The Lord of the Rings was such a success that by 1968, Tolkien’s fame was so great that he had to get an unlisted phone number and move to the English seacoast town of Bournemouth with his wife. Though the novel made Tolkien a household name in England and America, he was never a public figure; he continued work on The Silmarillion and other tales, leading a quiet life. He remained comfortable with his middle-class surroundings, taking up residence down the road from C.S. Lewis and joined later by the British poet W.H. Auden. Tolkien continued writing until his death on September 2, 1973. His son, Christopher, edited and published The Silmarillion, Tolkien’s collected mythology of Middle-earth, in 1977.

Over the years, The Lord of the Rings has met with widely varied critical reception. Tolkien intended his novel to act as a mythology for England, a group of fantastic tales about the prehistory of a world in which the values embodied those of the common British individual. Tolkien did not wish to retell existing myths or legends, but rather to create new myths altogether, beginning with wholly invented languages and shaping his stories around those languages and their cultures. This complex philological basis for Tolkien’s work, while inaccessible to most readers, remains distinct from the simple and universal themes of the story of The Lord of the Rings. To some, the simple tale is uninteresting, too long, and artificially archaic. For others, it touches on the very principles of love, friendship, and sacrifice that are an integral part of human life. Scholars and critics continue to dispute whether The Lord of the Rings belongs alongside other serious works of modern British literature or whether it remains only a “period piece”—a work of fiction with only passing significance for its contemporary audience.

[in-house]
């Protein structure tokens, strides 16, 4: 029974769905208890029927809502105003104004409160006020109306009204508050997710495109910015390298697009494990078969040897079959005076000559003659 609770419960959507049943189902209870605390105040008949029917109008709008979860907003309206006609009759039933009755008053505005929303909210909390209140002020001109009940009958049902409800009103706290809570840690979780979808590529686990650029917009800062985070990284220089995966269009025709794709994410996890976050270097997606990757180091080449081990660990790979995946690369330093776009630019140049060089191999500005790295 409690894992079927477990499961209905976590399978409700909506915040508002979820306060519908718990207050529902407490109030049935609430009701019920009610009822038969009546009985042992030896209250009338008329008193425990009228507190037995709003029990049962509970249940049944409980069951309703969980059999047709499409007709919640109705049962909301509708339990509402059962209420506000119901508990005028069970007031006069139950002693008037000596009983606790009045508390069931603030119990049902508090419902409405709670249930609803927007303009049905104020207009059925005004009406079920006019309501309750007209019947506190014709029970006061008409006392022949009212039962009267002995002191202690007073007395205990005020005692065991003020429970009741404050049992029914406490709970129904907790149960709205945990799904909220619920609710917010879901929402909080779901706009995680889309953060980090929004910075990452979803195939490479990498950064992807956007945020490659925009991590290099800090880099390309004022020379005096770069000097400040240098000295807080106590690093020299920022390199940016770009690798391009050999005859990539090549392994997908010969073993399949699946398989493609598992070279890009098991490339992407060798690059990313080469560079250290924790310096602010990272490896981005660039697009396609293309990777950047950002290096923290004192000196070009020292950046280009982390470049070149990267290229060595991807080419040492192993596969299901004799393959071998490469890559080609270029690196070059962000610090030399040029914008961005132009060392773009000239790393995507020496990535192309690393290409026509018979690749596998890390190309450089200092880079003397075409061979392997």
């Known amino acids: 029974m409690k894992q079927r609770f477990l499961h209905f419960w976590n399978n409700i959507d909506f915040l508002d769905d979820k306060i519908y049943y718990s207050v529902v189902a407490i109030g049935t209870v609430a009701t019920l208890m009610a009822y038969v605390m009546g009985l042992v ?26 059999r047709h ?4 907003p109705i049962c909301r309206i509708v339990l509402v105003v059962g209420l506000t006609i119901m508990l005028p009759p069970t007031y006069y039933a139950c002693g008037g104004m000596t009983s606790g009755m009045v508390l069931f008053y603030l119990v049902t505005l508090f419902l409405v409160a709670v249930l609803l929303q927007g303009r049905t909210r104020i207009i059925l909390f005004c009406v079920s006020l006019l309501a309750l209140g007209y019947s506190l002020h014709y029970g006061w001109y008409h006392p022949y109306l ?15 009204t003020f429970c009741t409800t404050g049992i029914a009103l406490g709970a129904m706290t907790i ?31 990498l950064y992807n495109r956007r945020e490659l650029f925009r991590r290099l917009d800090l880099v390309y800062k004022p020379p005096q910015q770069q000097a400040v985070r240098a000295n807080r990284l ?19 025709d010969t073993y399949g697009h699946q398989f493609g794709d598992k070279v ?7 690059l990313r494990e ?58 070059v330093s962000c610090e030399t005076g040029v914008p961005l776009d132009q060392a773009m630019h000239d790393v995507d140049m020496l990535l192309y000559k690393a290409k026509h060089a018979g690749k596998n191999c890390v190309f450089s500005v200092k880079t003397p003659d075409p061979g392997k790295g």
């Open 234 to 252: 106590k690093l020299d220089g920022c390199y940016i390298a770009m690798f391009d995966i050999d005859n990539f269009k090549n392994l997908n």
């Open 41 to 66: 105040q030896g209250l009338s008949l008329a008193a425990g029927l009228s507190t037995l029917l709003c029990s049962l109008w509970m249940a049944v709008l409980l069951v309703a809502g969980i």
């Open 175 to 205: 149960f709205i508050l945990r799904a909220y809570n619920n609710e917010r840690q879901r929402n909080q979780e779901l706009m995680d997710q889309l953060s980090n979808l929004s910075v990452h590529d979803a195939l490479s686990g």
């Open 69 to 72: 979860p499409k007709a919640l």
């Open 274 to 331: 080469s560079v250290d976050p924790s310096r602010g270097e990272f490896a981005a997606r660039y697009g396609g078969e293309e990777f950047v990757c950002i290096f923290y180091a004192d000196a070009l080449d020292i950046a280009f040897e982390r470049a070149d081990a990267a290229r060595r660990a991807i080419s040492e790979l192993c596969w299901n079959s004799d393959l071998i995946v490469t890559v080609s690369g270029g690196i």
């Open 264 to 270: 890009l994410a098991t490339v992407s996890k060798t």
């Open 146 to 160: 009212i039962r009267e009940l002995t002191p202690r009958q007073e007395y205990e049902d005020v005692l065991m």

Regardless of this mixed critical reception, Tolkien’s work did much to change English-language publishing in the twentieth century. His publisher, Allen and Unwin, was astonished at the popular success of The Lord of the Rings, which it thought would prove too arcane for mainstream audiences, even though The Hobbit had already been a hit in 1937. The Lord of the Rings proved that there was a huge market for fantasy, not just among young readers, but among adults as well. The earlier dominance of the “serious” novel of ideas—exemplified by Graham Greene, among others—and of the lighthearted novel of social comedy was called into question in the wake of Tolkien’s popular tales of an imaginary world. The Lord of the Rings was serious writing full of deep social and moral ideas, but it could not be called an intellectual work as previous “serious” novels had been. Tolkien’s influence spread even further during the rise of the hippie movement and social radicalism of the 1960s, though he was often dismayed by the way that young counterculture spokesmen idolized his work.

Nevertheless, it is true that Tolkien’s tales of Middle-earth present more than just an escapist fantasy about a magic, faraway world. Rather, they give us a view of the world as it was changing in the middle of the twentieth century, forcing us to consider the values that dominated the emerging era. Characters in the novel frequently comment on how the times are “dark,” as Éomer puts it in The Two Towers—echoing what many commentators said about World War II. The novel is a battle between the forces of good and evil, and the good side is represented by an alliance of various races with diverse customs and interests. The collaboration of Elves, Dwarves, Men, and Hobbits in pursuit of the common goal of saving the world—a sort of primordial version of the United Nations—presents an early vision of the global thinking that characterized postwar society. Cultural differences are present—we hear much about how different Dwarves are from Elves, for example—but they are put aside when collaboration is required. The pursuit of goodness and fellowship across races is part of what makes The Lord of the Rings so enduring in difficult historical times.